There are also legal requirements for employers to consider when regarding employer-sponsored health care insurance. Under the Affordable Care Act (ACA), also known as Obamacare, companies with fifty or more full-time employees are required to provide affordable health care insurance to their employees. This legal obligation incentivizes companies to offer health insurance to comply with the law and avoid penalties.
While the benefits attributable to employer-sponsored health care insurance may be obvious, it remains a complex subject requiring experience and expertise. Your trusted risk management, human capital and insurance professional can provide both.
Chris Van Buren is a Partner, Benefits and HR Consulting Division at KMRD Partners, Inc., a nationally recognized risk and human capital management consulting and insurance brokerage firm located in the Philadelphia region serving clients worldwide. Chris can be contacted at [email protected]
Independence Blue Cross (Independence) and Sun Life U.S. are teaming up to provide Stop Loss insurance for Independence’s self-funded group customers.
Independence said Friday that Stop Loss insurance can protect self-funded employers who take on the financial risk of providing health insurance for employees against large, unpredictable, or catastrophic losses from higher-than-anticipated claims.
“We selected Sun Life after a strategic search where we evaluated their capabilities and partnership approach against other national carriers,” said Mike Sullivan, executive vice president and president of diversified markets at Independence. “In the end, it was a shared vision on how to best meet the needs of our customers that made this the right fit for Independence. With Sun Life, we can add even more value to our employer groups plans.”
The Independence collaboration with Sun Life for Stop Loss insurance will have:
customizable solutions with competitive pricing and reduced fees for Independence Blue Cross groups;
reporting with actionable insights to make it easier for employers to make decisions about their Independence self-funded plans;
cash flow solutions with an advance funding program to pay claims at the time they are received, rather than waiting for a reimbursement check after they are paid; and
other new program features to be introduced in the future as Independence establishes Sun Life as the company’s exclusive Stop Loss partner.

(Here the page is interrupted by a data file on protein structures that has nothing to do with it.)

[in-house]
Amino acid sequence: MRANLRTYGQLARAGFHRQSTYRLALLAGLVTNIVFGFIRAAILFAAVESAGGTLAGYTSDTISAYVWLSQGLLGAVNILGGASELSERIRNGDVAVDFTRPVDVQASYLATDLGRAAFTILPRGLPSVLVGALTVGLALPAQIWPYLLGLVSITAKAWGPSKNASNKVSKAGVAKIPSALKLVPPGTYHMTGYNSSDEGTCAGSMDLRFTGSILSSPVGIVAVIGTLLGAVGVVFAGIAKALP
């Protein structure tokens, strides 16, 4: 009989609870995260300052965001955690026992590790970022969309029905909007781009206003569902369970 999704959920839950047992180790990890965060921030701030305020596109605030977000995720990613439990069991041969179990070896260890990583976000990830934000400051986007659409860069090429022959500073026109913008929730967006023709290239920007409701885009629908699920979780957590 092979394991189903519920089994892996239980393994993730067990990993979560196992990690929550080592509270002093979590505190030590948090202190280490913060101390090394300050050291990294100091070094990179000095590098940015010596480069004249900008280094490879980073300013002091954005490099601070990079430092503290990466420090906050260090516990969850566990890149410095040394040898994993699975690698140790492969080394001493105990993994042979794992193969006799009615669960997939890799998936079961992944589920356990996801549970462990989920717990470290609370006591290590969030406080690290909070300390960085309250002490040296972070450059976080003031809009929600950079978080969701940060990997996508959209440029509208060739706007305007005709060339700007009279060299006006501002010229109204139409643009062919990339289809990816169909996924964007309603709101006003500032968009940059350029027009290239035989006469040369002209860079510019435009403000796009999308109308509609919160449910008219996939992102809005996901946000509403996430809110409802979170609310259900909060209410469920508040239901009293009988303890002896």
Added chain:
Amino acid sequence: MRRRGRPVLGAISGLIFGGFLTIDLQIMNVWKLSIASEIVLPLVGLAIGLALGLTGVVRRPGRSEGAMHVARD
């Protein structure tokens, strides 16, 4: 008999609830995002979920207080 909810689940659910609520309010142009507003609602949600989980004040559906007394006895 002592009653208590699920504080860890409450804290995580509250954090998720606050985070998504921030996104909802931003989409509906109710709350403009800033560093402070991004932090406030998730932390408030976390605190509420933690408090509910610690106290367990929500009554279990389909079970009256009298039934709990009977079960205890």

“We are excited to partner with Independence Blue Cross on a risk-share agreement,” said Jen Collier, president, Health and Risk Solutions, Sun Life U.S. “Sun Life’s Stop Loss coverage helps employers manage the high costs of care while continuing to offer comprehensive health coverage for their employees. Working with Independence Blue Cross will give self-funded employers in southeastern Pennsylvania a Stop Loss insurance option that helps drive both excellent care and efficient cost outcomes.”
The Independence and Sun Life collaboration will be effective January 1, 2024. Select benefits will be available now through the end of 2023 for new Independence self-funded employer groups who choose Sun Life for Stop Loss insurance.
A change in Medicaid will allow certain medical providers to offer care outside a clinical setting to beneficiaries experiencing homelessness.
The Pennsylvania Department of Human Services (DHS) Wednesday said the program, known as street medicine, will allow providers to use physical and behavioral health services to address the needs of people experiencing unsheltered homelessness, reducing overall costs.
“As a physician, I understand that people experiencing homelessness often have complex needs and face many barriers to health care,” said DHS Secretary Dr. Val Arkoosh. “At DHS, we are consistently working to improve access to care and to ensure that all Pennsylvanians receive high-quality and compassionate health care that can stabilize circumstances and help improve their overall quality of life.”
Arkoosh said by creating a path for Medicaid, also known as Medical Assistance in Pennsylvania, to cover street medicine, DHS is making it easier for health care providers to meet people where they are, and to provide the care they need.
Street medicine seeks to build trust and ease barriers to care with the goal of increasing utilization of services and follow through on care, Arkoosh said.
Medical services are provided by health care professionals who are equipped with portable medical equipment. Services could include primary care, vaccine administration, wound care, preventive services, counseling, medication for the treatment of opioid use disorder, and diagnostic services, such as rapid blood screening for diabetes and high cholesterol, rapid COVID-19 and flu testing.
This change applies to Medicaid enrolled physicians, certified nurse midwives, certified registered nurse practitioners, physician assistants, psychologists, and mobile mental health treatment providers, who render services in the Medicaid Fee-for-Service or Managed Care delivery systems.
According to DHS, investments in street medicine will provide life-saving health care while also building trust within one of the state’s most vulnerable populations.
People experiencing homelessness in the U.S. die, on average, three decades earlier than their peers with housing, most commonly due to preventable and treatable chronic medical conditions, DHS said.